Category: LGBTQ+ Literature

  • How Long ‘Til Black Future Month? – by N.K. Jemisin

    If you know me, odds are you know how much I love N.K. Jemisin: I have read and enjoyed all her novels and some of her shorter works, and whatever she publishes is on my auto-buy list. So, why hadn’t I read this specific book yet? Perhaps because, in general, I am not always the greatest fan of short story collections; I must say, however, that this one ended up being a very satisfying read. Not that I expected anything less.


  • To Be Taught, If Fortunate – by Becky Chambers

    I thought I knew what to expect from Becky Chambers: a futuristic setting, lots of cosy slice of life scenes, a very natural representation of queer characters, but most importantly an endless supply of hope and optimism. Her books are generally what I call “comfort reads”, in the best possible sense. Does this novella match the same description? Yes and no – let’s see why.


  • Unwieldy Creatures – by Addie Tsai

    There are premises that are inherently going to sell me a book they’re based on. For instance, if I hear about a queer, multiracial retelling of Frankenstein, with futuristic science, emotionally troubled characters, and multilingual references on the top of it, of course I am going to read it, it’s an unavoidable consequence if I’ve ever seen one. Does it mean I am automatically going to love the book? That’s something worth discussing more in depth.


  • The Deep – by Rivers Solomon

    After the beautiful and harrowing experience that was reading An Unkindness Of Ghosts, I was determined to read everything by Rivers Solomon, sooner or later. So when The Deep was selected as a subject by one of the online discussion groups I occasionally hang out with, I decided that the time had come.


  • She Who Became The Sun – by Shelley Parker-Chan

    She Who Became The Sun is one of those books that come surrounded by an aura of strange, ill-fitting expectations: advertised as “Mulan meets the Song of Achilles”, greatly hyped by the same content creators that generally promote YA fantasy novels, it is actually a not really that romantic, not even so magical retelling of the rise to power of the first Ming Emperor. Even though I was aware that the blurb was somehow misleading, I still approached it expecting something lighter and cacthier than the novel was actually ever meant to be.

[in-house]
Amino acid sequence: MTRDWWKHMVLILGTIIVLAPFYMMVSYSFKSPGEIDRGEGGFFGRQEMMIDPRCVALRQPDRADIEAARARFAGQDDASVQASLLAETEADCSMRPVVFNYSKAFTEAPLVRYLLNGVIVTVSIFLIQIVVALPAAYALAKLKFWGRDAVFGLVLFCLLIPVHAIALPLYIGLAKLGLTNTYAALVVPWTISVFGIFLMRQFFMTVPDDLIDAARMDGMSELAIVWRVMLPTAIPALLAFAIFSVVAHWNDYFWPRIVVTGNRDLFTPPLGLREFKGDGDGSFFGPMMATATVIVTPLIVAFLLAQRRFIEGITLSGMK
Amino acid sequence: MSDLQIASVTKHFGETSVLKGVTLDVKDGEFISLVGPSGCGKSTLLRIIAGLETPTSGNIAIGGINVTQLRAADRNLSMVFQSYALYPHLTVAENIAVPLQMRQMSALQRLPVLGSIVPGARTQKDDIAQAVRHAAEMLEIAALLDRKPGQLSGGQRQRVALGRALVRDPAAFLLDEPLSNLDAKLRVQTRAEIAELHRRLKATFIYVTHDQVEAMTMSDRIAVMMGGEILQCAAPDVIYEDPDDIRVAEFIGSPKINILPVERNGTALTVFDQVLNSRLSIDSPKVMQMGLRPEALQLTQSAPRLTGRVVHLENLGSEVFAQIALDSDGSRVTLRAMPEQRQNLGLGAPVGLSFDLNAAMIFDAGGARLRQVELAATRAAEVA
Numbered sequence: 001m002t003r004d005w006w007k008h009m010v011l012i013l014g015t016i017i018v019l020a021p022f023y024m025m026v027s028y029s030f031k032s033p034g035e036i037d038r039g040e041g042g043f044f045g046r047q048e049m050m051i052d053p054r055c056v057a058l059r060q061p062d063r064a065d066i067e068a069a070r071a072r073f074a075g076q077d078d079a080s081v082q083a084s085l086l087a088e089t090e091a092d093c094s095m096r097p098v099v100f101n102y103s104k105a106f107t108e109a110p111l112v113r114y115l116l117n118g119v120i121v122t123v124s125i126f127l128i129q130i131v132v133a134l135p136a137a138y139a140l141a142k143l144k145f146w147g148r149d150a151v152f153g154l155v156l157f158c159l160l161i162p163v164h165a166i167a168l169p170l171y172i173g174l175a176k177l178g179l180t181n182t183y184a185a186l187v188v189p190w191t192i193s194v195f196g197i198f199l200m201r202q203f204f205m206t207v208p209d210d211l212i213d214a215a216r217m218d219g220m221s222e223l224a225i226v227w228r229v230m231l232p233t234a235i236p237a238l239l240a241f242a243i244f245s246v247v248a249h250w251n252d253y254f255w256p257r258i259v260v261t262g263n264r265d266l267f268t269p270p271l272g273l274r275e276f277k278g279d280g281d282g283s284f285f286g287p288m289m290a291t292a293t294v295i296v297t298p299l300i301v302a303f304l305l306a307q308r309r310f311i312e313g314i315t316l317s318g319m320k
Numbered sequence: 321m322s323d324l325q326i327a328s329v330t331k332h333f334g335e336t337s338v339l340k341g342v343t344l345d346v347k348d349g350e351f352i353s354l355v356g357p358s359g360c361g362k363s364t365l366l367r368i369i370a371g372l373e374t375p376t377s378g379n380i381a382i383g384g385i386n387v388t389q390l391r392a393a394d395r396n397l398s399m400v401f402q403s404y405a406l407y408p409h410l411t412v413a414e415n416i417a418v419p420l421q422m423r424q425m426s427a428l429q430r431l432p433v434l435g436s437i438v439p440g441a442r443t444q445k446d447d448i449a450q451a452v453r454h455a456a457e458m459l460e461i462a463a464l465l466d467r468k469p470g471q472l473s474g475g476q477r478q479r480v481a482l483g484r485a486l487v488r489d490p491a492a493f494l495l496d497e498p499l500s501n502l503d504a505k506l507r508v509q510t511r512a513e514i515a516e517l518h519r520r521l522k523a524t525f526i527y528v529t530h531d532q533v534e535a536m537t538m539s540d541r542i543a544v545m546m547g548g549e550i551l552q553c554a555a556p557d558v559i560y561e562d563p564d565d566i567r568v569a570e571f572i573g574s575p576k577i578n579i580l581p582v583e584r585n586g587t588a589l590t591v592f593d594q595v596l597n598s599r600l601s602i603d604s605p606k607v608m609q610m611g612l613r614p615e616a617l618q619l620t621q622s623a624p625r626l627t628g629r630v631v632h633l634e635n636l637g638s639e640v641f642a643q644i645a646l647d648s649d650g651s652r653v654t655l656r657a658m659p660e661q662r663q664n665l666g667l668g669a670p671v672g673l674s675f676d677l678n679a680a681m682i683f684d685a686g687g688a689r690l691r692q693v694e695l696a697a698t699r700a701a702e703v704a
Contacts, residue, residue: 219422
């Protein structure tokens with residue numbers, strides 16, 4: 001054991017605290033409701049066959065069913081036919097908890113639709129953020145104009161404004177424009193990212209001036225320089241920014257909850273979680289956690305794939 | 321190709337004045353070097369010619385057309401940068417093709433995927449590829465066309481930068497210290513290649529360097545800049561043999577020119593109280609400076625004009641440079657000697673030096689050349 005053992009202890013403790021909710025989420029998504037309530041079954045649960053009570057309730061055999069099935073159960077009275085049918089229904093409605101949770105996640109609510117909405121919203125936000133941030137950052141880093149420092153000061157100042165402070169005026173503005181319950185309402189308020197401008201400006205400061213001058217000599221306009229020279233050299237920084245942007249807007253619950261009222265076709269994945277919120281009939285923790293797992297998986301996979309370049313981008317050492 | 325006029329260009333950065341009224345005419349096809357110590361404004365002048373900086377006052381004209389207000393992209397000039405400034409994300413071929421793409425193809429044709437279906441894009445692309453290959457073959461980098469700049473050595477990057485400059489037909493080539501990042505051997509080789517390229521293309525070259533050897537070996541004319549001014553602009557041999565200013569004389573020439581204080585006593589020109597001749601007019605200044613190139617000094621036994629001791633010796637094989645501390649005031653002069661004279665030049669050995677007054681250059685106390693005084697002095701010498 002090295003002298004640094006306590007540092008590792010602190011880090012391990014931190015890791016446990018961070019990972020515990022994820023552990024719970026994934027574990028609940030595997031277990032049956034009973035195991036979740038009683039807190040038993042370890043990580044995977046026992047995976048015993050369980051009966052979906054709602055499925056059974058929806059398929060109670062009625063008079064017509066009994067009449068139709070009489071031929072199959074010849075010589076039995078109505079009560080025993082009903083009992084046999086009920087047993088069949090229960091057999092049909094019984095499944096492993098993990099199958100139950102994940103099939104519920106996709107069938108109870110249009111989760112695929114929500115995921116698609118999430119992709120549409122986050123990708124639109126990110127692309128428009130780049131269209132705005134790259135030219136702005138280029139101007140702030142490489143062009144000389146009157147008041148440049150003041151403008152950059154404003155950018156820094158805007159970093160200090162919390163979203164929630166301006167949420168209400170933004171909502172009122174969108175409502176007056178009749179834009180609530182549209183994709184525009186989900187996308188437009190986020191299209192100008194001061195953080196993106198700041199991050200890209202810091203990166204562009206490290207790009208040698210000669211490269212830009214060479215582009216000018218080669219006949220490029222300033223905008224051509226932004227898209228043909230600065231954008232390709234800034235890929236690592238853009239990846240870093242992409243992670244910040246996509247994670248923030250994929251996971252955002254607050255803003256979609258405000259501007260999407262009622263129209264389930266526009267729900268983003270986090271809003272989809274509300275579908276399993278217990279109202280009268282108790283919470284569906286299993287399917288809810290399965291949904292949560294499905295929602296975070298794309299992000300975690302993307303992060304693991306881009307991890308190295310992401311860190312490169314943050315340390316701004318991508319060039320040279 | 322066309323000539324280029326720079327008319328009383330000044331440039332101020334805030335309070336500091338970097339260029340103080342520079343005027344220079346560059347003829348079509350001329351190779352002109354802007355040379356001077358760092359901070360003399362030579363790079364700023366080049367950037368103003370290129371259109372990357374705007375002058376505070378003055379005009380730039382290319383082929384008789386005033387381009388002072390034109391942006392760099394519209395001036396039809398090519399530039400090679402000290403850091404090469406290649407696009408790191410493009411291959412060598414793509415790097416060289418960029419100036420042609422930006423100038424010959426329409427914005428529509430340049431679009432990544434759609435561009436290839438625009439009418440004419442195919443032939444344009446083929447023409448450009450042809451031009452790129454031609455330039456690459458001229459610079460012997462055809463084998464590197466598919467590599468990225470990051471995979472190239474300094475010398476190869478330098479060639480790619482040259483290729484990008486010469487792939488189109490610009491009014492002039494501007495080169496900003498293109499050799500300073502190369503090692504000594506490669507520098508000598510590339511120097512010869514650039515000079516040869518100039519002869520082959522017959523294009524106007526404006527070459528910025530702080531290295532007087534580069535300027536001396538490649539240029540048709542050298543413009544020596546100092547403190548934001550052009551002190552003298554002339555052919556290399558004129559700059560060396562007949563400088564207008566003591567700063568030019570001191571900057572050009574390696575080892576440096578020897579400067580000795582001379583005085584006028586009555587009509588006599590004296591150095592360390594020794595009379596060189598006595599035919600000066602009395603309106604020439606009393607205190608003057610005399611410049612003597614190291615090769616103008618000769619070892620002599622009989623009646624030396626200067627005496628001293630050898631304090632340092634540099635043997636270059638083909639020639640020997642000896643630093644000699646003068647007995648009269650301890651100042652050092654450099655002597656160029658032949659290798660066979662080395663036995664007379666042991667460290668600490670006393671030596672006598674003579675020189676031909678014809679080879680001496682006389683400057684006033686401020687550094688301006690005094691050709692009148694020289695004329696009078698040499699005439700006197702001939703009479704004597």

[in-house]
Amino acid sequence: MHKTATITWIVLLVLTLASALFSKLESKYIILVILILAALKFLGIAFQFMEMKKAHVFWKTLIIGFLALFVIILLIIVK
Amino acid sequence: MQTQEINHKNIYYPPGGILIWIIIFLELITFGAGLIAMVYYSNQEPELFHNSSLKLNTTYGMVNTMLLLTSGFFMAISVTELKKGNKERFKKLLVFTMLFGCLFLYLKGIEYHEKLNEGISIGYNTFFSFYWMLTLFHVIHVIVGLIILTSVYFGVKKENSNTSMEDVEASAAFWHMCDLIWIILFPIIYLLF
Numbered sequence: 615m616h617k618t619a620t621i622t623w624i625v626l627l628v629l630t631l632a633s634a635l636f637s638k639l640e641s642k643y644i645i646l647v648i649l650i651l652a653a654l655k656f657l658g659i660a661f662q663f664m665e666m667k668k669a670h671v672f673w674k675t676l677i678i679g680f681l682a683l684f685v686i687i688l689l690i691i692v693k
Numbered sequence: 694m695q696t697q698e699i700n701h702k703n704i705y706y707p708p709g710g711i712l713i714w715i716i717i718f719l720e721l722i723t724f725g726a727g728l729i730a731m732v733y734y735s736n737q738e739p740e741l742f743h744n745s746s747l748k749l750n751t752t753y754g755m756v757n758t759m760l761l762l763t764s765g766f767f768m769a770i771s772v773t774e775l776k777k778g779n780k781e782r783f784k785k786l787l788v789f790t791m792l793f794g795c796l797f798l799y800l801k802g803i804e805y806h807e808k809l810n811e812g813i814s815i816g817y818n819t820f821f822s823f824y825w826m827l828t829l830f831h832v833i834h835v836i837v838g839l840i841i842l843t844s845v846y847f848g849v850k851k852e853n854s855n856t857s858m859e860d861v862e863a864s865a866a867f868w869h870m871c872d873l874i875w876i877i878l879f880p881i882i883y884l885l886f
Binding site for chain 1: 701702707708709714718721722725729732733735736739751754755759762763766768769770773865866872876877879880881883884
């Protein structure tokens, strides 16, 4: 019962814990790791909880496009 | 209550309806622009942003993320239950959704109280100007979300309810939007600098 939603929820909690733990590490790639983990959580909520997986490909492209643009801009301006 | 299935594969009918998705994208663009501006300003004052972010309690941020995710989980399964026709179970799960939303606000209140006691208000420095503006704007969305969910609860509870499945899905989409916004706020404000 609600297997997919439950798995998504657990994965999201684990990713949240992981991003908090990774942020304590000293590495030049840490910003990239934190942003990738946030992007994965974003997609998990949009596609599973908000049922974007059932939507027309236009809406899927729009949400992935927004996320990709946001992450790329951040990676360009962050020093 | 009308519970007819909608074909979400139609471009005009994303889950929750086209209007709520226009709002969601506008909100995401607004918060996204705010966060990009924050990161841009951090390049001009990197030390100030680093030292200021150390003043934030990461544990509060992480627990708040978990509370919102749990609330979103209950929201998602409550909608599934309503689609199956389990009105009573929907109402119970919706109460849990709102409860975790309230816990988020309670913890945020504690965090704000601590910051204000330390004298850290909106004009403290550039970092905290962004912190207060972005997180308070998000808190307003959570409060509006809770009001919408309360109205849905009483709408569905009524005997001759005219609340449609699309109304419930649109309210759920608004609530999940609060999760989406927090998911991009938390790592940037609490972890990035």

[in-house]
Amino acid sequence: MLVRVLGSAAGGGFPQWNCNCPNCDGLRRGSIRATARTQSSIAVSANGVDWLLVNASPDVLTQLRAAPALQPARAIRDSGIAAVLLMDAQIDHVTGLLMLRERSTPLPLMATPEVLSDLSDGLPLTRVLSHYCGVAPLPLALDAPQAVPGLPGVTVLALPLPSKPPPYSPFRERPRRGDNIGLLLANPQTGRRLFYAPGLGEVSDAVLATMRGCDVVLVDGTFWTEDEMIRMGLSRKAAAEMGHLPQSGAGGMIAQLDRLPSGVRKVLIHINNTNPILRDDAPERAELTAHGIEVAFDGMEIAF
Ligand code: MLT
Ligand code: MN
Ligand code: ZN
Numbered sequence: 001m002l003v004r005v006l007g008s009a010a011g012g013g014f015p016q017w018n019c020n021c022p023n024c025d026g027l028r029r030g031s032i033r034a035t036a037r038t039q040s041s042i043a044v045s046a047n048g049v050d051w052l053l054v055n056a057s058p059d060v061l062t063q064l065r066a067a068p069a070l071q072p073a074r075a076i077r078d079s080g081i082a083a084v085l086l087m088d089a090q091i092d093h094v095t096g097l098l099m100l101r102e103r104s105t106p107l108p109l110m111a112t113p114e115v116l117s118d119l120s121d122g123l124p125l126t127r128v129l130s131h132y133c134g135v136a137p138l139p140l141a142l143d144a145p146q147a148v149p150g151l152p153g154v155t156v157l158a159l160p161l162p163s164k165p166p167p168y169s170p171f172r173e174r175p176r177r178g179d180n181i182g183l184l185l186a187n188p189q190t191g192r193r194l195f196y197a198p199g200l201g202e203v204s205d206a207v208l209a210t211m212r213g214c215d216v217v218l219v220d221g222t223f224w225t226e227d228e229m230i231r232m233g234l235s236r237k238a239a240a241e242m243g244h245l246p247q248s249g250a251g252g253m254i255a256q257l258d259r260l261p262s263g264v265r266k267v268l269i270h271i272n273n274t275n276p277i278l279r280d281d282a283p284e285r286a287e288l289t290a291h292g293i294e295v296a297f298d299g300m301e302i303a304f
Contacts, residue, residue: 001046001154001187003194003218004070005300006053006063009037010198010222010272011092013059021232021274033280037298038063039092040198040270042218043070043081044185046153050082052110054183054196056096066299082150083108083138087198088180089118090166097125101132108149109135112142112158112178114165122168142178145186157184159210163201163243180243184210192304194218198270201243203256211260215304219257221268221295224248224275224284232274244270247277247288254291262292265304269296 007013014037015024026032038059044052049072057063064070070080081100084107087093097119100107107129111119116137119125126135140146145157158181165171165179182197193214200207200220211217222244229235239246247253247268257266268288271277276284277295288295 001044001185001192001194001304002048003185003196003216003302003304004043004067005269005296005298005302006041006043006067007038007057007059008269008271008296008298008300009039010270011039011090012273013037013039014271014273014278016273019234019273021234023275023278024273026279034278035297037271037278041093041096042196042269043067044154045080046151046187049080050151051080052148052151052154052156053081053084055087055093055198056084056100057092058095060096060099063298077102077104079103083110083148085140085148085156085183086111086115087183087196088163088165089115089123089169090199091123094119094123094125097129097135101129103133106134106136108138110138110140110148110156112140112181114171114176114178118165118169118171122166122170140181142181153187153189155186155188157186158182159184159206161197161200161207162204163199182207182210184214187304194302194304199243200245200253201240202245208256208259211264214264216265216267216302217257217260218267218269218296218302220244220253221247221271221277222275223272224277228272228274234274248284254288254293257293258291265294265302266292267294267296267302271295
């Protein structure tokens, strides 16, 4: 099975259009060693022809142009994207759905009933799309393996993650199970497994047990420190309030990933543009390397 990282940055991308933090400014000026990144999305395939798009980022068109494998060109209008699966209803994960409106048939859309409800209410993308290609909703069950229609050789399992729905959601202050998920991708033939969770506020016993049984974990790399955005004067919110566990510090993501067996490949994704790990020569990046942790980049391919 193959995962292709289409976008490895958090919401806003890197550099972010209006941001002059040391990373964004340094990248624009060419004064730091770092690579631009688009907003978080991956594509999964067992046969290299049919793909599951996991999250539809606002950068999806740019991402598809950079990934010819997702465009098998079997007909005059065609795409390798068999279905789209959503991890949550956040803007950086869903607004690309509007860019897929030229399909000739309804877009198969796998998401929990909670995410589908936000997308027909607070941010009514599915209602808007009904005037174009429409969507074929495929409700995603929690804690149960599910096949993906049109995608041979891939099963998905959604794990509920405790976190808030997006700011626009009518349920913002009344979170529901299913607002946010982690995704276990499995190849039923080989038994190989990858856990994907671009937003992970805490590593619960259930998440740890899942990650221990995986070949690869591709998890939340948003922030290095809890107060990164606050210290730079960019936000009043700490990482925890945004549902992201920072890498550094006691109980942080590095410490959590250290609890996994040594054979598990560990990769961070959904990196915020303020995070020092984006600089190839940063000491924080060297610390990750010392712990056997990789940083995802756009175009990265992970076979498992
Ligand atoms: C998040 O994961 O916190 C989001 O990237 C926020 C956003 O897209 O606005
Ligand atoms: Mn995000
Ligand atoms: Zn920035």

• Ancillary Mercy – by Ann Leckie

    After reading Ancillary Sword, I thought I had found a pattern in the Imperial Radch trilogy – so if the first book had built the world in broad strokes, and the second one had got a more focused scope, I expected the final volume to go back to large-scale conflicts and wrap up all themes and plots in an epic conclusion. It turns out I was wrong. While Ancillary Mercy does develop some themes that had been foreshadowed from the very beginning, it does so in a less expected way; in the end not everything is tied up as I had imagined, but the novel feels like a satisfying conclusion anyway. Perhaps even more so.


  • A Master Of Djinn – by P. Djèlí Clark

    If you follow this blog, the Dead Djinn Universe needs no introduction at this point. After talking about the shorter works set in its world, we now get to its longest and most famous piece, that is to say A Master Of Djinn. I was really excited to go back once again to P. Djèlí Clark’s enchanted Cairo, and even more so to see a more extensive exploration of its themes.


  • The Death Of Vivek Oji – by Akwaeke Emezi

    Here I am, once again back to the realm of highly anticipated reads. Already familiar with Emezi’s astonishing debut Freshwater, I was nothing less than excited to read their second book, that once again deals with themes of gender, identity, sexuality in the context of Nigerian culture. I was very eager to read it, and at the same time ready to get hurt; in both senses I was not disappointed.


  • Black Leopard, Red Wolf – by Marlon James

    Black Leopard, Red Wolf has been commonly advertised as “an African Game Of Thrones“. Now, the African setting is indisputable. As for the comparison with A Game Of Thrones – technically, I admit I can see some similarities, after all they both belong to the fantasy genre, both feature sex and violence, and, well, both are novels that belong to a series. Also, they both exist, right? But seriously, it takes very few seconds of reading to figure out the two works are very different in style, scope, target audience. Let’s see what we’re actually talking about.


  • Drowned Country – by Emily Tesh

    As I mentioned in its dedicated review, my overall impression of Silver In The Wood was something along the lines of: nice, entertaining, but nothing memorable. So what did I expect from its sequel, Drowned Country? Well, basically more of the same? I just wanted to see how the story moved on.